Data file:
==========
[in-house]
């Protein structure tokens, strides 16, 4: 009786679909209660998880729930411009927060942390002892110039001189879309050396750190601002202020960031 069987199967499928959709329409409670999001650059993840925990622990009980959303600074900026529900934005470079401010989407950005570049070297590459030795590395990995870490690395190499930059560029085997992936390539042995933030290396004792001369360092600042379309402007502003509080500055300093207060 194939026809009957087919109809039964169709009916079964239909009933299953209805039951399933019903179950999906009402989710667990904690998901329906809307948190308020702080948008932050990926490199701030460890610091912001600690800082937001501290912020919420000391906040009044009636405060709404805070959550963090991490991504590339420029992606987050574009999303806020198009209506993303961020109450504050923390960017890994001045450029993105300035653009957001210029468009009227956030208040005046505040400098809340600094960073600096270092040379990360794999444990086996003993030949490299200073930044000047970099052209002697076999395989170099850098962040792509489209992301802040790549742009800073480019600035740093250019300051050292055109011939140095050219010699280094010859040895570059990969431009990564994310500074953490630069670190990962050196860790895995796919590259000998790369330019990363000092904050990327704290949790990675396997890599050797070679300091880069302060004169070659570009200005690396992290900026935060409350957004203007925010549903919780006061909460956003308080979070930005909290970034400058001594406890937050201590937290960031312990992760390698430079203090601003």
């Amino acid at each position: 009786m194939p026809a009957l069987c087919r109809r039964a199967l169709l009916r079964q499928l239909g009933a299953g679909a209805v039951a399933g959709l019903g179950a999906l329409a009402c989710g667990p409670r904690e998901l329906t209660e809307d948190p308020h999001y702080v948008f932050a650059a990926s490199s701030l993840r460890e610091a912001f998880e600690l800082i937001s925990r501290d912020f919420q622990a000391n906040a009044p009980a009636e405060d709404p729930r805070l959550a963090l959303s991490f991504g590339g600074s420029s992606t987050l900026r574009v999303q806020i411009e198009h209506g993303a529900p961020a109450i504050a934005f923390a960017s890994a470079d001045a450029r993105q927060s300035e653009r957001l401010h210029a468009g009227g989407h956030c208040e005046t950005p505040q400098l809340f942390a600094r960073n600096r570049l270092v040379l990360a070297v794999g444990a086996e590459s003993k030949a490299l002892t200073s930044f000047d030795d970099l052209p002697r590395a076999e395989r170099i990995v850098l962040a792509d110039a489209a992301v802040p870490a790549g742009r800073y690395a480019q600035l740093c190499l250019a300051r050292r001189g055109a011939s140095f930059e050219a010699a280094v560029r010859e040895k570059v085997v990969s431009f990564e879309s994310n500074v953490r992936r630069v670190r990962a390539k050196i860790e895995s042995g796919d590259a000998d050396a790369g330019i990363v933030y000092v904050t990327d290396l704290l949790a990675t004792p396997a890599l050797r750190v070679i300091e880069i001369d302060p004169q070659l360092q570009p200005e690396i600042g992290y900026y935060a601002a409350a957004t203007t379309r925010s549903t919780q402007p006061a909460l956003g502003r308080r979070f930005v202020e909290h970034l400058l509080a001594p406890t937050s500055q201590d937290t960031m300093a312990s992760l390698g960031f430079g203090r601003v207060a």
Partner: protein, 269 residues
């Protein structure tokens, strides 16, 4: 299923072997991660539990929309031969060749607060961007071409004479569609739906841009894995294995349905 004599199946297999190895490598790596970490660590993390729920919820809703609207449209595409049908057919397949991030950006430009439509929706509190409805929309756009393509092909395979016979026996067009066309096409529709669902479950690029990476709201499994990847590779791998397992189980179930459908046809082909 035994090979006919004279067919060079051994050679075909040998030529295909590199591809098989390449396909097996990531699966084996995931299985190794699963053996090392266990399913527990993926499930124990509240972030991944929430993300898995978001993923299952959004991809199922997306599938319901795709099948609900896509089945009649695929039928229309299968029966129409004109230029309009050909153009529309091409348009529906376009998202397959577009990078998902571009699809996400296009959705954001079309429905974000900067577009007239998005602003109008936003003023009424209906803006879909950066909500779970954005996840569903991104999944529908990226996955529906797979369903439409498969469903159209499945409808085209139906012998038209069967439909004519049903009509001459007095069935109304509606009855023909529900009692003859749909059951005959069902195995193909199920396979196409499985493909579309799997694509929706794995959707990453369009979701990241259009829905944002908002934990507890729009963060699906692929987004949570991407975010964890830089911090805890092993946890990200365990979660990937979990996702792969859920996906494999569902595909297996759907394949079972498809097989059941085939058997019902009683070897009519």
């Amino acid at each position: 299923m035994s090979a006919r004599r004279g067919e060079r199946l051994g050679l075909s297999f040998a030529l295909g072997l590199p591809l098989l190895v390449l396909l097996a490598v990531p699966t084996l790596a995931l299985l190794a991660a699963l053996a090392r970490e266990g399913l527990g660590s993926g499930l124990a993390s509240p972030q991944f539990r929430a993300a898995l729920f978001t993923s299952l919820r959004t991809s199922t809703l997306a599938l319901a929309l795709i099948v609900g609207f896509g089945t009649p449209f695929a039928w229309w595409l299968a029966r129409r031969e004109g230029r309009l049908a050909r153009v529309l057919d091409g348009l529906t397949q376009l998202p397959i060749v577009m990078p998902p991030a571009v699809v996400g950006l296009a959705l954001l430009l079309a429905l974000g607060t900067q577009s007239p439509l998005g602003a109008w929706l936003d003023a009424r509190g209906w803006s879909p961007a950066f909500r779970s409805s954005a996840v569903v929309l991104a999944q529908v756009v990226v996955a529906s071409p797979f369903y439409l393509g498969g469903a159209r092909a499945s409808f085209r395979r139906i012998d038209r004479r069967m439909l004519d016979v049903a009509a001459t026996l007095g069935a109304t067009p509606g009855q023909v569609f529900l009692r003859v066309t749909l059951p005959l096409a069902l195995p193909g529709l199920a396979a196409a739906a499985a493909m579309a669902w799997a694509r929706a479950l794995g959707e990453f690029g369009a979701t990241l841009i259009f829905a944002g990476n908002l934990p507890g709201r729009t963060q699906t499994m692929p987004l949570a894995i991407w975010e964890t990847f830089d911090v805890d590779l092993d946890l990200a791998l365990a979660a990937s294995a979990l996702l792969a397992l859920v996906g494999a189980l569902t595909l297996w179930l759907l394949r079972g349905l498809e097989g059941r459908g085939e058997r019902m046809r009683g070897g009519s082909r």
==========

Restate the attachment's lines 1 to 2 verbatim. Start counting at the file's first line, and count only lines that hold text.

[in-house]
């Protein structure tokens, strides 16, 4: 009786679909209660998880729930411009927060942390002892110039001189879309050396750190601002202020960031 069987199967499928959709329409409670999001650059993840925990622990009980959303600074900026529900934005470079401010989407950005570049070297590459030795590395990995870490690395190499930059560029085997992936390539042995933030290396004792001369360092600042379309402007502003509080500055300093207060 194939026809009957087919109809039964169709009916079964239909009933299953209805039951399933019903179950999906009402989710667990904690998901329906809307948190308020702080948008932050990926490199701030460890610091912001600690800082937001501290912020919420000391906040009044009636405060709404805070959550963090991490991504590339420029992606987050574009999303806020198009209506993303961020109450504050923390960017890994001045450029993105300035653009957001210029468009009227956030208040005046505040400098809340600094960073600096270092040379990360794999444990086996003993030949490299200073930044000047970099052209002697076999395989170099850098962040792509489209992301802040790549742009800073480019600035740093250019300051050292055109011939140095050219010699280094010859040895570059990969431009990564994310500074953490630069670190990962050196860790895995796919590259000998790369330019990363000092904050990327704290949790990675396997890599050797070679300091880069302060004169070659570009200005690396992290900026935060409350957004203007925010549903919780006061909460956003308080979070930005909290970034400058001594406890937050201590937290960031312990992760390698430079203090601003």